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Afterimage: Gravity

Movie

Gravity ***

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An illustrated existential crisis. Or, a survival story in which nearly every exterior event carries interior significance. Either way, it's gripping. The story is simple: an astronaut (a smooth-faced Sandra Bullock), cut loose from her spiritual moorings by a freak accident, is cut loose from her physical moorings by another freak accident. Now, just a hair's breadth from the cold embrace of the Big Nothing, she must struggle to find her way back to life. Also, earth. Director Alfonso Cuaron isn't shy about deploying Christian tropes — her journey back to life begins only after fellow astronaut George Clooney lays down his life for her and tells her how to be saved — to the point where it's fair to ask whether they're tropes at all. The camera does an enormous amount of the work here — now watching Bullock as she spins helplessly through space, now holding steady on her while the universe turns with her at its center, now slipping inside her helmet to watch the whirling maelstrom from her untethered point of view.

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Three separate trailers that basically show the same cataclysmic incident from three different angles did little to arouse my interest. It looked like more effects-driven outer space shenanigans, this time with Bullock and Clooney on board hoping that the comic book concept would draw an adult audience.

Needless to say, I drifted into Gravity kicking and screaming.

Of course the 3D effects are spectacular -- no one would be talking about it were it not for CGI -- but did it have to be the whole show? Two stinking characters to develop. Is that asking too much of this technical exercise?

The problem with Gravity can be summed up in two words: dead kid.

Hollywood has a bad habit of never sticking to the problem at hand. As if a first-time astronaut careening through space like an unhinged Tilt-A-Whirl isn't enough to arouse an audience's sympathy, why the need for the cheap second act reveal that the Sandra Bullock character recently buried a young daughter?

Millions for simulating space but not one cent for play acting?

Lust in space.

Her co-moonwalker doesn't fare much better. It's Ocean in space as cheeky Clooney, looking and sounding a lot like Buzz Lightyear, flirts and floats his way across the green screen.

Gravity slowly skimmed the surface of the Grossmont's giant 60-foot screen. Seldom bored, never wowed, I sat waiting for a curtain shot of the Statue of Liberty buried in the sand that never came.

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Movie

Gravity ***

thumbnail

An illustrated existential crisis. Or, a survival story in which nearly every exterior event carries interior significance. Either way, it's gripping. The story is simple: an astronaut (a smooth-faced Sandra Bullock), cut loose from her spiritual moorings by a freak accident, is cut loose from her physical moorings by another freak accident. Now, just a hair's breadth from the cold embrace of the Big Nothing, she must struggle to find her way back to life. Also, earth. Director Alfonso Cuaron isn't shy about deploying Christian tropes — her journey back to life begins only after fellow astronaut George Clooney lays down his life for her and tells her how to be saved — to the point where it's fair to ask whether they're tropes at all. The camera does an enormous amount of the work here — now watching Bullock as she spins helplessly through space, now holding steady on her while the universe turns with her at its center, now slipping inside her helmet to watch the whirling maelstrom from her untethered point of view.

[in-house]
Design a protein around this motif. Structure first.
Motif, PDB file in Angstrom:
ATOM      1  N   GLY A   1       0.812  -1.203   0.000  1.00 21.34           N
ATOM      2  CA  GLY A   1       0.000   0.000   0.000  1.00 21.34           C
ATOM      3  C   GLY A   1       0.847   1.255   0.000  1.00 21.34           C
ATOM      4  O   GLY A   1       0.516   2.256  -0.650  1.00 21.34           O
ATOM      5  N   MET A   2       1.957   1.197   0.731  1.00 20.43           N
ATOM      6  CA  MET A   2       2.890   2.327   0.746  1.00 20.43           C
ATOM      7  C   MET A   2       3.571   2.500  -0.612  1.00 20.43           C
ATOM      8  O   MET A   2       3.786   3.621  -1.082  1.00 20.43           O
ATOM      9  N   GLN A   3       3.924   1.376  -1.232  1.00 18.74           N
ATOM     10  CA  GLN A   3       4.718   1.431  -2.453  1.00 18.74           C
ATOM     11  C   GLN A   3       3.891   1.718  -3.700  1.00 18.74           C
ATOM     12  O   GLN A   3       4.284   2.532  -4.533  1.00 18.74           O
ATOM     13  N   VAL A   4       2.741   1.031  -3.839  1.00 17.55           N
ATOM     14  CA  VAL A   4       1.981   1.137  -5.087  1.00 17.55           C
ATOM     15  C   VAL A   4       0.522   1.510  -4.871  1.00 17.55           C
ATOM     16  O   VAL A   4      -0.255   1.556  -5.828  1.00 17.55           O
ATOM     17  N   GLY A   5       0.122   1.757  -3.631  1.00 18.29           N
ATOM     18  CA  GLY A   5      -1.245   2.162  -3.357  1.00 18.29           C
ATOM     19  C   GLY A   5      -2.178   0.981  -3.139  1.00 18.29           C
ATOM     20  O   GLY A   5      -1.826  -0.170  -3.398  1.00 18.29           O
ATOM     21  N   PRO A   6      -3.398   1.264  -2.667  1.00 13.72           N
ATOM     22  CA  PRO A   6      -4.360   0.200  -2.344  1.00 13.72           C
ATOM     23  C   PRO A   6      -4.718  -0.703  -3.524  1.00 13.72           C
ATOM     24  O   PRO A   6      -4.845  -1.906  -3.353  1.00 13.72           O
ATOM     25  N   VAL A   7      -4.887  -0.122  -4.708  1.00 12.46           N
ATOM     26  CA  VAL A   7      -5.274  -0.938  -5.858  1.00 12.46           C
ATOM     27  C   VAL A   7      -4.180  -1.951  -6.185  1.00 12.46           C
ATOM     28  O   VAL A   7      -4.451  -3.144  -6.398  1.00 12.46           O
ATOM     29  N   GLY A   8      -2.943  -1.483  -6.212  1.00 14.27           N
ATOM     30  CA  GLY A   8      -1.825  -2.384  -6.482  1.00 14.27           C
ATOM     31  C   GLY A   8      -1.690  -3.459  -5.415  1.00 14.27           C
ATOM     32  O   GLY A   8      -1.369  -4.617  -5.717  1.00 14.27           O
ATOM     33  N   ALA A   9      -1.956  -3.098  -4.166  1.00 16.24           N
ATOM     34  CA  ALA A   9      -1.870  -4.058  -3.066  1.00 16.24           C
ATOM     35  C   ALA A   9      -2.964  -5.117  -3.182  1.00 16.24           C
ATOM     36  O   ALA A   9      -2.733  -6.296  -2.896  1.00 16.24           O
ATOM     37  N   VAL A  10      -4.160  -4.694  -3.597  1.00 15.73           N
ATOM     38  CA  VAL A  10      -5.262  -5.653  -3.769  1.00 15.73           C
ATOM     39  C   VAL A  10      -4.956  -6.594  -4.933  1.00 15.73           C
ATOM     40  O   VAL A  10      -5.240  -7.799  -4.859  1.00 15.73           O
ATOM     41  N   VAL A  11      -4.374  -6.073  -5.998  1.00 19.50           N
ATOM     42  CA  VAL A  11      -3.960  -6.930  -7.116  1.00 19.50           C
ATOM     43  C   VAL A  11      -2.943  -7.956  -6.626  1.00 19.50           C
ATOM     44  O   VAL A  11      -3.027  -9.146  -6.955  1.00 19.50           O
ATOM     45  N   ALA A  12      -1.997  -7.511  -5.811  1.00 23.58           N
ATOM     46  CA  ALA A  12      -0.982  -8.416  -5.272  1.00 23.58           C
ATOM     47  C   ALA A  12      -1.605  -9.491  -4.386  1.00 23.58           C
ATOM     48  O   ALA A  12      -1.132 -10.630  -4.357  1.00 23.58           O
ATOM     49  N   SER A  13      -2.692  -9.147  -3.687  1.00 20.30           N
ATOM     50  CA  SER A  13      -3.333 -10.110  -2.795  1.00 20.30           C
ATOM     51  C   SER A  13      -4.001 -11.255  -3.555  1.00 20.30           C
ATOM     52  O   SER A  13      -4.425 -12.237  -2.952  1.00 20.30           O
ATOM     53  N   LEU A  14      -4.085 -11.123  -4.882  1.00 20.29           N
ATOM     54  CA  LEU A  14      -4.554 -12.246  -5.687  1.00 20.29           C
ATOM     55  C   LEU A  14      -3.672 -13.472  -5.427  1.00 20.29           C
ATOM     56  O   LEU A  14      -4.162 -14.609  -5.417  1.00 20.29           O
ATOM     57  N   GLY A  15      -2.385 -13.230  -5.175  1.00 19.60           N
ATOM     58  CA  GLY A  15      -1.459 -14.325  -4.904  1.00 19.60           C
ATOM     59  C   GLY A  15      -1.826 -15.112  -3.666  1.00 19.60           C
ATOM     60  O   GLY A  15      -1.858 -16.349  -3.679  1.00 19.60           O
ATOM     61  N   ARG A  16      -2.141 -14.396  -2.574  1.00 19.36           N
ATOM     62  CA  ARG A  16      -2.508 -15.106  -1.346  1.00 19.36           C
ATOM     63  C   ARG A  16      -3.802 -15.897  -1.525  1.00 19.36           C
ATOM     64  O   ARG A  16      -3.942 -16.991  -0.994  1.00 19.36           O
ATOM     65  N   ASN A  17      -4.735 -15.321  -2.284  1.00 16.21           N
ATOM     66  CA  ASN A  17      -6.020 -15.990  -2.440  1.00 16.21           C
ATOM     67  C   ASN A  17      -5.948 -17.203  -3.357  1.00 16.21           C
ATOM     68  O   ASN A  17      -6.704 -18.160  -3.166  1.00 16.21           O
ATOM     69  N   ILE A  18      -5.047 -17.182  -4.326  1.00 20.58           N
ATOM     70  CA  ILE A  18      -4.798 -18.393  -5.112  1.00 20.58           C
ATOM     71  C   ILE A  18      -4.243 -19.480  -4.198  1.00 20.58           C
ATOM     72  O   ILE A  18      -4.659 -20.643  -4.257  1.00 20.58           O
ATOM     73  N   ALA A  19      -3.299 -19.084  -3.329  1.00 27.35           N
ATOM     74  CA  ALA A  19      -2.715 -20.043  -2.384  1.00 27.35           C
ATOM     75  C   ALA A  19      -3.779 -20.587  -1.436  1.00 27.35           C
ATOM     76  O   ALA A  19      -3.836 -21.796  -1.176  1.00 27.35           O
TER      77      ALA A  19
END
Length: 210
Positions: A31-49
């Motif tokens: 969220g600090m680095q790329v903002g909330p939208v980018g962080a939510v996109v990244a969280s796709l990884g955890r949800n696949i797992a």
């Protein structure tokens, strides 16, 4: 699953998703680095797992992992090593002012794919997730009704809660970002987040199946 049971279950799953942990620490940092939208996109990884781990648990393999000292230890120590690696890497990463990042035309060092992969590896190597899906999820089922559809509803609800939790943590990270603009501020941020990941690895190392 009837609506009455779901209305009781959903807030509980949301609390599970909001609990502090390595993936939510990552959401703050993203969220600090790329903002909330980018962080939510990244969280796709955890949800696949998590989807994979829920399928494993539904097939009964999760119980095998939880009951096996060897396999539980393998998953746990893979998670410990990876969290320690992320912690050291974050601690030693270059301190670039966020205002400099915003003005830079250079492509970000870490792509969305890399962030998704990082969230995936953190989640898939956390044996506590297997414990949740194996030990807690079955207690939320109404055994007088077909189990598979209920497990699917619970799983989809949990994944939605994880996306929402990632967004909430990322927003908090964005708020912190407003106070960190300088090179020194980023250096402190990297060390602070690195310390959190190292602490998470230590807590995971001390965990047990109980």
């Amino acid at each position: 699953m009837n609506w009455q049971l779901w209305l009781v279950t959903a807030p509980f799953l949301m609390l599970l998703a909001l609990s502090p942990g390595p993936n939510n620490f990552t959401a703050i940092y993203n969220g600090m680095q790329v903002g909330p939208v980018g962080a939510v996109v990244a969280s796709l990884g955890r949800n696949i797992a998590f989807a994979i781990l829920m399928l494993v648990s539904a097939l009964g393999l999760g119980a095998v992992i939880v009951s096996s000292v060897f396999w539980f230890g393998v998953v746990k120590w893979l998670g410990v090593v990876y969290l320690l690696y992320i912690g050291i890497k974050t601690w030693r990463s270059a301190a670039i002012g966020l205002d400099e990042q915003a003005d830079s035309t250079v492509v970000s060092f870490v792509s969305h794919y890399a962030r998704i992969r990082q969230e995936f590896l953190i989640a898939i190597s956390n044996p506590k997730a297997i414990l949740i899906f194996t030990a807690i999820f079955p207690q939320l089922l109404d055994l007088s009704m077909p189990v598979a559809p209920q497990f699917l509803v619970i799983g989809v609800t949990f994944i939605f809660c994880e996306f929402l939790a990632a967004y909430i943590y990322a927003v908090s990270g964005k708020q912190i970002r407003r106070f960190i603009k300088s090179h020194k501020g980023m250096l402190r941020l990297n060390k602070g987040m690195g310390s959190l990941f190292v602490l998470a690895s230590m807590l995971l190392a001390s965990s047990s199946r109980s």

Find showtimes

Three separate trailers that basically show the same cataclysmic incident from three different angles did little to arouse my interest. It looked like more effects-driven outer space shenanigans, this time with Bullock and Clooney on board hoping that the comic book concept would draw an adult audience.

Needless to say, I drifted into Gravity kicking and screaming.

Of course the 3D effects are spectacular -- no one would be talking about it were it not for CGI -- but did it have to be the whole show? Two stinking characters to develop. Is that asking too much of this technical exercise?

The problem with Gravity can be summed up in two words: dead kid.

Hollywood has a bad habit of never sticking to the problem at hand. As if a first-time astronaut careening through space like an unhinged Tilt-A-Whirl isn't enough to arouse an audience's sympathy, why the need for the cheap second act reveal that the Sandra Bullock character recently buried a young daughter?

Millions for simulating space but not one cent for play acting?

Lust in space.

Her co-moonwalker doesn't fare much better. It's Ocean in space as cheeky Clooney, looking and sounding a lot like Buzz Lightyear, flirts and floats his way across the green screen.

Gravity slowly skimmed the surface of the Grossmont's giant 60-foot screen. Seldom bored, never wowed, I sat waiting for a curtain shot of the Statue of Liberty buried in the sand that never came.

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